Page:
I have to confess that although Mark Lawson has made regular appearances at the Theakston’s Old Peculier Crime Festival over the past few years, I wasn’t aware that he was a novelist in his own right until I saw the advert for The Deaths.
The Deaths opens with the discovery of a dead family. We then flit back in time and are introduced to four families living in a small village. The Eight as they are known, are firm friends and outwardly they seem to have perfect rich lives. The families are all busy trying to be the top dog of the group, the women shop in waitrose (although obviously the supermarket is not named) and the husbands all travel to their jobs via first class trains into the ‘big city’. Conversations are usually about the latest car they’ve bought or how much they earn or what the latest posh coffee delivery has been. However behind the scenes things are not what they seem.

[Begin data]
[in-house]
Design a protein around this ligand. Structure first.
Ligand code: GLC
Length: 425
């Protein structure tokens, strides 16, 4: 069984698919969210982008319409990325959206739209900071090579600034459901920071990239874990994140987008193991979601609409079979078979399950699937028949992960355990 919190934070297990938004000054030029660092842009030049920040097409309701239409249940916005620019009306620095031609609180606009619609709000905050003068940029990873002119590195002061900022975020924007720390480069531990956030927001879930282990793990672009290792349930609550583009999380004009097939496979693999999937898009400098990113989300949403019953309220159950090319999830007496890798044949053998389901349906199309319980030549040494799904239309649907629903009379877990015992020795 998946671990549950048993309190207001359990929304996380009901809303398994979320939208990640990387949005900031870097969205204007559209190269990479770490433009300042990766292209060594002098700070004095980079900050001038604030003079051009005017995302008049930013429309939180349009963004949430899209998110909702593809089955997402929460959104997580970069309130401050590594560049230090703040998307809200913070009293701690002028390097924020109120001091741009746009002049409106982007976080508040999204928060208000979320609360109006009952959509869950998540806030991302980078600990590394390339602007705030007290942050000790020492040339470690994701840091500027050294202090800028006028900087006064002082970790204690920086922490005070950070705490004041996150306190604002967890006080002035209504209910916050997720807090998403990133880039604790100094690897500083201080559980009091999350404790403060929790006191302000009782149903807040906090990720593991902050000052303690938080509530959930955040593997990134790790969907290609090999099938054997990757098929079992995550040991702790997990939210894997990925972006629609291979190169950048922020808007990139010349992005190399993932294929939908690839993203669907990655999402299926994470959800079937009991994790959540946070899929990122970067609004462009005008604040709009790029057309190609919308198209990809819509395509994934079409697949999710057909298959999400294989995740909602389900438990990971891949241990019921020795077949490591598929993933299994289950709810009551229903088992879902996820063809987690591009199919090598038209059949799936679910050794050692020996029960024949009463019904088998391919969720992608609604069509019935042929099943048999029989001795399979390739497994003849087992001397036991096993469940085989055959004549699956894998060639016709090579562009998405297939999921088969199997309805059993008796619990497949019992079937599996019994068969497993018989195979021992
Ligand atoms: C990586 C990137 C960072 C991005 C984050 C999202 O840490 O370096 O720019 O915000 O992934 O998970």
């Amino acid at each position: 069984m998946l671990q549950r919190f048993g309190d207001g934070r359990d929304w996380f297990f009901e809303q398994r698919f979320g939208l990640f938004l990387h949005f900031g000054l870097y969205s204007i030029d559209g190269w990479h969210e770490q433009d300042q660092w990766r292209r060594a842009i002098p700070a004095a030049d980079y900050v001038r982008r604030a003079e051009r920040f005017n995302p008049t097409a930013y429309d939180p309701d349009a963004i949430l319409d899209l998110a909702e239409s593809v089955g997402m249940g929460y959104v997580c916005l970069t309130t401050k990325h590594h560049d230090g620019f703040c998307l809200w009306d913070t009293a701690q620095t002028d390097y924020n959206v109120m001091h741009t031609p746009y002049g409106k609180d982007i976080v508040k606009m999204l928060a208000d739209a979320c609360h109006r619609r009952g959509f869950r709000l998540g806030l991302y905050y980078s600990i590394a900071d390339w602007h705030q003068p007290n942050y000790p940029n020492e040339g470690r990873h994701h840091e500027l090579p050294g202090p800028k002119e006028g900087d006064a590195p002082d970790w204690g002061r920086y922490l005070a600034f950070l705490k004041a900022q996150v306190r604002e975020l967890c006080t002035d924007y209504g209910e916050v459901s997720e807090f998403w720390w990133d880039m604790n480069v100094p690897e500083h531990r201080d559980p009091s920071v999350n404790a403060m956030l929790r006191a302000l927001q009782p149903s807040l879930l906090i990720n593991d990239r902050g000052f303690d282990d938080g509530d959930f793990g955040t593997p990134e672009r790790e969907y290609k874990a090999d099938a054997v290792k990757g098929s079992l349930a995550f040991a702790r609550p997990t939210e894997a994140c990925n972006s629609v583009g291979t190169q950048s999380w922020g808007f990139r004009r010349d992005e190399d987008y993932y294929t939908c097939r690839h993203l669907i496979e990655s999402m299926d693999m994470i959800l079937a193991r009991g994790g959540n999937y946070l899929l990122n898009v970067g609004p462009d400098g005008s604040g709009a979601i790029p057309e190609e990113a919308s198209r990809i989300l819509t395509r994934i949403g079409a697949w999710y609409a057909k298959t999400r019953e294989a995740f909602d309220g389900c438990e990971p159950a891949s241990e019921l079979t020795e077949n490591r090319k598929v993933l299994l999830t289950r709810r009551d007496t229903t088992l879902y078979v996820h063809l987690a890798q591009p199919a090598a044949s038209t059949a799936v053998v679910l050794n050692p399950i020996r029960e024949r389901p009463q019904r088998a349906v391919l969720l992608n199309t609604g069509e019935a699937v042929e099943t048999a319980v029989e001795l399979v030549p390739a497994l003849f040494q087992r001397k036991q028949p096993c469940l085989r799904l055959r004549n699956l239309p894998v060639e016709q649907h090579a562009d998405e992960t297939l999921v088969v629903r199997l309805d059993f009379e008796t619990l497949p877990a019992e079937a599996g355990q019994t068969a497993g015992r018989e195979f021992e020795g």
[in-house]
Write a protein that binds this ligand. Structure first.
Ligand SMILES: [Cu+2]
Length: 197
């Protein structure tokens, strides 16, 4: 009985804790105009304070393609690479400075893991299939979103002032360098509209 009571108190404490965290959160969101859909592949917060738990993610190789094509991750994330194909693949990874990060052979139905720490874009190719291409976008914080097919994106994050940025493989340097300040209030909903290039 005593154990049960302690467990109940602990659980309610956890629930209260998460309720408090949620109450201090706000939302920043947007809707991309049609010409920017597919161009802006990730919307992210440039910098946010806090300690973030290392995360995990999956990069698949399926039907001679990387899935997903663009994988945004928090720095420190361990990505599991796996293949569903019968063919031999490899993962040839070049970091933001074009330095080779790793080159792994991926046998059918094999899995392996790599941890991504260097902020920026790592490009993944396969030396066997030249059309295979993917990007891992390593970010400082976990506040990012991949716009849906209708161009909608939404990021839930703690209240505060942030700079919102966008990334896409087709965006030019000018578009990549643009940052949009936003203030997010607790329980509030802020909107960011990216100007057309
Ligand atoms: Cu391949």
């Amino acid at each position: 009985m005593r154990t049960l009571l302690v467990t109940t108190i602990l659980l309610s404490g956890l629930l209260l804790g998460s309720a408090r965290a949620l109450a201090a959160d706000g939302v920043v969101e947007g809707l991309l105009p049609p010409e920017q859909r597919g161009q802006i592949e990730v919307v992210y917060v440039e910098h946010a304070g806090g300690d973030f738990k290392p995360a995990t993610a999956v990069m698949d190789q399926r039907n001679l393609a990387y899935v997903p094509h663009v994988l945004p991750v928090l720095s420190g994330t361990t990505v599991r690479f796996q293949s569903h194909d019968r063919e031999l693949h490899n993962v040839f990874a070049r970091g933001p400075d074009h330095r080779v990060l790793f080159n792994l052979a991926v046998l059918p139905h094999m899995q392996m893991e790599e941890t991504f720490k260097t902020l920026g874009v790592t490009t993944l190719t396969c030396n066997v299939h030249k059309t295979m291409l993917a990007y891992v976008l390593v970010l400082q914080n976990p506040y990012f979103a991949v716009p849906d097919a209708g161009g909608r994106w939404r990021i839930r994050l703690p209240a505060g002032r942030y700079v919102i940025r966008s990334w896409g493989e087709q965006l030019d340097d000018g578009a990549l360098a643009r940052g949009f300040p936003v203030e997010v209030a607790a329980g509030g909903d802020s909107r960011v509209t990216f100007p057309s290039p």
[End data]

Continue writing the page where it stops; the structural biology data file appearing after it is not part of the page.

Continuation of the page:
I thought this book was excellent. The story itself is the lead up to the murder of the unidentified family, and I spent the whole read thinking it could be any of them. The characters are all equally irritating and fascinating in equal measure. They spend their time trying to keep up appearances yet behind the scenes the money is running out and credit card bills are getting bigger. The main characters in this book are all pretty stereotypical and based on the assumption that all wealthy people are unpleasant. Yet that shouldn’t put you off as predominately this is a hugely clever observation on life. There are lots of references to culture within the 1990’s and the yuppy attitude that was prevalent.
The crime is almost a minor player in this novel, the focus is on the social situation that the families are in. I enjoyed the story but also the writing. It is almost an observational comedy with an edge that appeals to me and reminded me of authors such as early Ben Elton and a recently discovered Christopher Buckley. This was an excellent novel that I’d definitely recommend to anyone who likes a sarcastic edge to a novel.